Vietnam was an incredible trip. Our only regret is that we didn't stay for longer and it's one of the few places I can say that I'd like to go back to someday. We both preferred the north to the south. The north seems to be focused on the future while the south is stuck in the past and uses the war as a money-making industry. We had met a young woman on our Halong Bay boat cruise who was from North Vietnam. She was orphaned at a young age and eventually adopted by an American couple when she was ten years old. It was interesting to get the perspective of someone who was both Vietnamese and also American. She said that she had never even heard of the Vietnam war until she learned about it in school when she moved to America. She said they don't like to focus on the past in the north. They only want to talk about the future and their young people love American culture and all things American.

One of my tips for traveling to Vietnam would be to bring an empty suitcase because you're going to want to do a lot of shopping as everything is so incredibly inexpensive. You can get a custom-tailored suit for only $60. We purchased two silk sleeping bag liners for only $4 each in Hanoi. In the U.S. they cost $60 each. We also found it very unusual that they accept US dollars everywhere. In fact, they prefer to be paid in US dollars rather than Vietnamese Dong and they can all calculate the currency conversions in their heads. However, their currency can be very confusing. One US dollar is worth approximately 21,000 Vietnamese Dong so it feels like you're spending an enormous amount of money even though you're not.

Breakfast can be tricky as well. A typical Vietnamese breakfast is a bowl of noodle soup with chicken or pork and Vietnamese coffee is the worst I've ever tasted. There seems to be a scarcity of fresh milk in all of Vietnam so Vietnamese coffee consists of instant coffee mixed with hot water and condensed milk. As hard as we tried, we just couldn't get used to it. If you ask for fresh milk in a cafe and they do actually have some (most Vietnamese seem to not even know what fresh milk is) you will be charged extra for it.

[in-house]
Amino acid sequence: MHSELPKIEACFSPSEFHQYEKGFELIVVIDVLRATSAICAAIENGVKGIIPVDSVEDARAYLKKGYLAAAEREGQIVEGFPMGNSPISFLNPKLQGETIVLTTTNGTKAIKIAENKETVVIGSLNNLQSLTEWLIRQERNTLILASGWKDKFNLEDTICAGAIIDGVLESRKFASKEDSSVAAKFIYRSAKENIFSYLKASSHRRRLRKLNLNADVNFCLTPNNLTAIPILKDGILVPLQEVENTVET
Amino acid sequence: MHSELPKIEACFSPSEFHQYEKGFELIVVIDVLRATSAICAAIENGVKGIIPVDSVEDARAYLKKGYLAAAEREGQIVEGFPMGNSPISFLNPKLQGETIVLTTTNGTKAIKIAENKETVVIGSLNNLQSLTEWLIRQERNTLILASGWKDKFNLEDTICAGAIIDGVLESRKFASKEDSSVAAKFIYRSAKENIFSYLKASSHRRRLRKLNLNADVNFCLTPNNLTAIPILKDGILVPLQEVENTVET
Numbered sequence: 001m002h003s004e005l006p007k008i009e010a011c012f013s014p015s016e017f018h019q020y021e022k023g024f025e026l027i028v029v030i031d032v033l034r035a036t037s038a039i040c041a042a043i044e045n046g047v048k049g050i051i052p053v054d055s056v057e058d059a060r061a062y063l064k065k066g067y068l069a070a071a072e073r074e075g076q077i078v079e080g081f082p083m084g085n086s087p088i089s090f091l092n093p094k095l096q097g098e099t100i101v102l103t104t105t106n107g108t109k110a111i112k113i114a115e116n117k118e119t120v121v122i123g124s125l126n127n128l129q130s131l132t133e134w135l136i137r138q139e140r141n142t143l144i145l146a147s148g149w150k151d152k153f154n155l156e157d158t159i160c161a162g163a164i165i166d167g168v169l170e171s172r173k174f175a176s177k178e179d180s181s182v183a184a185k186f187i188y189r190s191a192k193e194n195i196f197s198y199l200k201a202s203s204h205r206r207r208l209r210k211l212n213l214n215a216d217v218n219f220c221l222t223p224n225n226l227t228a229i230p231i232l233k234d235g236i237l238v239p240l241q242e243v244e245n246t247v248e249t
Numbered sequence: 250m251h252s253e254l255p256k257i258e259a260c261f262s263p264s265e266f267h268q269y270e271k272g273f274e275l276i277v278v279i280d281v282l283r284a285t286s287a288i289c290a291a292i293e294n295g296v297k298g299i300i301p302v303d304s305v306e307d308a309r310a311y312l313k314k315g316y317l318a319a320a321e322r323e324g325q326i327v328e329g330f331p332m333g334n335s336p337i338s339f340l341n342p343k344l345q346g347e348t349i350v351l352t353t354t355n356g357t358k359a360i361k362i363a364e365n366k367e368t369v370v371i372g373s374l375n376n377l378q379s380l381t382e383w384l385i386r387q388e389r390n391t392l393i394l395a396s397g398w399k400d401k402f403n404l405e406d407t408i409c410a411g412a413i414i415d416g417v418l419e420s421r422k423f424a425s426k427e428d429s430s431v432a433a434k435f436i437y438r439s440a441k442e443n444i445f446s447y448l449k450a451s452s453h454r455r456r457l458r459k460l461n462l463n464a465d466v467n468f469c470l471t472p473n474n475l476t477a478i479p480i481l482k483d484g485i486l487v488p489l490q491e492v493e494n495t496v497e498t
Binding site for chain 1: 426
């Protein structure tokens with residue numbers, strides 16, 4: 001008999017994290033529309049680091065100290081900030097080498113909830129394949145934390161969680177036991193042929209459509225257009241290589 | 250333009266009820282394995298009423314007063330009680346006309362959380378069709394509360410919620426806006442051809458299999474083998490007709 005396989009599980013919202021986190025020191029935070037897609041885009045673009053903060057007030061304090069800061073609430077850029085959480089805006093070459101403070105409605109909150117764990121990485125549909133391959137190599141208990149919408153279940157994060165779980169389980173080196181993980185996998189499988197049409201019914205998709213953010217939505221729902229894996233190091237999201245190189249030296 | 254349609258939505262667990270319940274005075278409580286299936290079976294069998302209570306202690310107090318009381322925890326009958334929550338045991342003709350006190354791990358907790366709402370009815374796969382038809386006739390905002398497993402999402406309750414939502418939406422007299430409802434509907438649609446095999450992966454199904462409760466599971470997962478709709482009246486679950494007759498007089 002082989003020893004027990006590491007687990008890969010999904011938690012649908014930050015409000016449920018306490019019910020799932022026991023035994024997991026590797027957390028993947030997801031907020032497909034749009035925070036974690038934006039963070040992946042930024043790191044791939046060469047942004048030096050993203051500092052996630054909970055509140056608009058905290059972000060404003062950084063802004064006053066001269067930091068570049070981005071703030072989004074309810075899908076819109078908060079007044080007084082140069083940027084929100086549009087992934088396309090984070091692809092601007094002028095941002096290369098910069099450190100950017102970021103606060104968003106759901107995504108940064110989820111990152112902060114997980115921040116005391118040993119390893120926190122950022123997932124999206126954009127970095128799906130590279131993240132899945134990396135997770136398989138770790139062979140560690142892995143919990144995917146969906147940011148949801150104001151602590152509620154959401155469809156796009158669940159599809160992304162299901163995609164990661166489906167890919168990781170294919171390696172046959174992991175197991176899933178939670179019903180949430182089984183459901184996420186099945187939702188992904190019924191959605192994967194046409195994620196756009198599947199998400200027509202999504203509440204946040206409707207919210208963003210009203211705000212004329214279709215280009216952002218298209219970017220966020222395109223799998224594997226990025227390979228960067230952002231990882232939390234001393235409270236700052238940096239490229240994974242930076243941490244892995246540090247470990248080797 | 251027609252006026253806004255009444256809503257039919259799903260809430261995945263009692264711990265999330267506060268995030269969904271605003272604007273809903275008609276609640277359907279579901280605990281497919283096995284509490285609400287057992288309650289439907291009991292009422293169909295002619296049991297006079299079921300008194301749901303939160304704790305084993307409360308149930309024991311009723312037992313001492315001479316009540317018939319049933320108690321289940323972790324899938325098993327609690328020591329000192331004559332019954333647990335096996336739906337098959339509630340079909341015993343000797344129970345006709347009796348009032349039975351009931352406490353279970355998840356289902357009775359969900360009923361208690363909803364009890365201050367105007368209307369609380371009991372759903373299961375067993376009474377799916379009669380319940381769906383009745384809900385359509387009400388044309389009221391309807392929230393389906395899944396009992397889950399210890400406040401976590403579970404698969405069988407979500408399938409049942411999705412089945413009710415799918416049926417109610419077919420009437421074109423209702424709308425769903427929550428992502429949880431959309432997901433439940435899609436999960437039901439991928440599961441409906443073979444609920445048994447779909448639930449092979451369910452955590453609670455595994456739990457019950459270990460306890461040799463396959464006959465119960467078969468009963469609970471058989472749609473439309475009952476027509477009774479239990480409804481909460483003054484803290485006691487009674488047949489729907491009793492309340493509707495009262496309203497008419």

Vietnam is also the least English speaking country we've visited so far but you can get by with sign language. Darren and I needed toothpaste and had a fun time miming to a shop keeper. First, we pretended to brush our teeth so she brought us a toothbrush. Wrong. Then we acted out applying the toothpaste onto the imaginary toothbrush and then she got it right. We all had a good laugh. We also downloaded a very useful iPod app that translates, "I can't eat garlic" in every language. This was a literal lifesaver for me. We were trying to explain my garlic allergy to a waitress but she wasn't able to understand. We showed her Darren's iPod and then she said, "Aha!" and began clapping. She thought it was great and I did too because I knew it was safe for me to eat my food. If you get sick in Vietnam and need to go to the hospital you might come out sicker than when you went in. We met a volunteer nurse from Australia who told us the hospitals are so overcrowded that they put two or three patients in every bed! Good thing the Vietnamese are so tiny.

On the rare occasion that you do spot an elderly person, they are so tiny and adorable that you will need to restrain yourself from trying to put them in your pocket and take them home with you. One cute little old lady came up to me and put her hand on my arm. Some people, particularly little children, are not used to seeing westerners and they will stare and want to touch you. They don't mean any harm but I was getting a lot of stares and people were following me and wanting to touch me and I couldn't figure out why. Then Darren gently pointed out to me, "you've got curly hair and freckles for god's sake!." Curly hair is not something they see every day in Asia and freckles are considered unsightly. Asian women spend billions on skin bleaching creams and skin lightening procedures so it's very rare to see a person with freckles as well.

One of the many things I loved about Vietnam was that it's completely socially acceptable to bring your camera everywhere. Even locals carry cameras with them at all times. They love to take pictures of themselves striking ridiculous poses and for some reason, they bring their cameras to dinner and take pictures of their meals.

I'd recommend Vietnam to anyone. It's people, culture and history are fascinating. It is a beautiful country and extremely affordable and easy to travel around. We had a truly wonderful and memorable experience and hope to go back someday.